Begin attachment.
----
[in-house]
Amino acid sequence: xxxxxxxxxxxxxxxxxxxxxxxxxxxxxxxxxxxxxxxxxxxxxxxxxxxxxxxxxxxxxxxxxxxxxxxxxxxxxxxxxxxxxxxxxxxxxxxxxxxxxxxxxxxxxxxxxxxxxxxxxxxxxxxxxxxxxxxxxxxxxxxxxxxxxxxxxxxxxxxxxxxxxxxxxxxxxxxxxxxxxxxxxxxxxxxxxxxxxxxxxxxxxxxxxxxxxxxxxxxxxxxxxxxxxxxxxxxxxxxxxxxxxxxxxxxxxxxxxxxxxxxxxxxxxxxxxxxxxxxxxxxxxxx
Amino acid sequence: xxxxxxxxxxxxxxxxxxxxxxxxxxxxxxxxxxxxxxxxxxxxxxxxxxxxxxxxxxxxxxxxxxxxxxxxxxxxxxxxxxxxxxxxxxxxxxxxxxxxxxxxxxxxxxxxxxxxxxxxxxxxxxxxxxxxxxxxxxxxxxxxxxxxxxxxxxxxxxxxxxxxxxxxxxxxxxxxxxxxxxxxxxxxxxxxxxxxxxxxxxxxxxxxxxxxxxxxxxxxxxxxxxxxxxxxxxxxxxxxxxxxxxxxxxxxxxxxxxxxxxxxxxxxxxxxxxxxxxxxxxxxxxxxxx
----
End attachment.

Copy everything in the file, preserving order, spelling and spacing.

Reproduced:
[in-house]
Amino acid sequence: xxxxxxxxxxxxxxxxxxxxxxxxxxxxxxxxxxxxxxxxxxxxxxxxxxxxxxxxxxxxxxxxxxxxxxxxxxxxxxxxxxxxxxxxxxxxxxxxxxxxxxxxxxxxxxxxxxxxxxxxxxxxxxxxxxxxxxxxxxxxxxxxxxxxxxxxxxxxxxxxxxxxxxxxxxxxxxxxxxxxxxxxxxxxxxxxxxxxxxxxxxxxxxxxxxxxxxxxxxxxxxxxxxxxxxxxxxxxxxxxxxxxxxxxxxxxxxxxxxxxxxxxxxxxxxxxxxxxxxxxxxxxxxx
Amino acid sequence: xxxxxxxxxxxxxxxxxxxxxxxxxxxxxxxxxxxxxxxxxxxxxxxxxxxxxxxxxxxxxxxxxxxxxxxxxxxxxxxxxxxxxxxxxxxxxxxxxxxxxxxxxxxxxxxxxxxxxxxxxxxxxxxxxxxxxxxxxxxxxxxxxxxxxxxxxxxxxxxxxxxxxxxxxxxxxxxxxxxxxxxxxxxxxxxxxxxxxxxxxxxxxxxxxxxxxxxxxxxxxxxxxxxxxxxxxxxxxxxxxxxxxxxxxxxxxxxxxxxxxxxxxxxxxxxxxxxxxxxxxxxxxxxxxx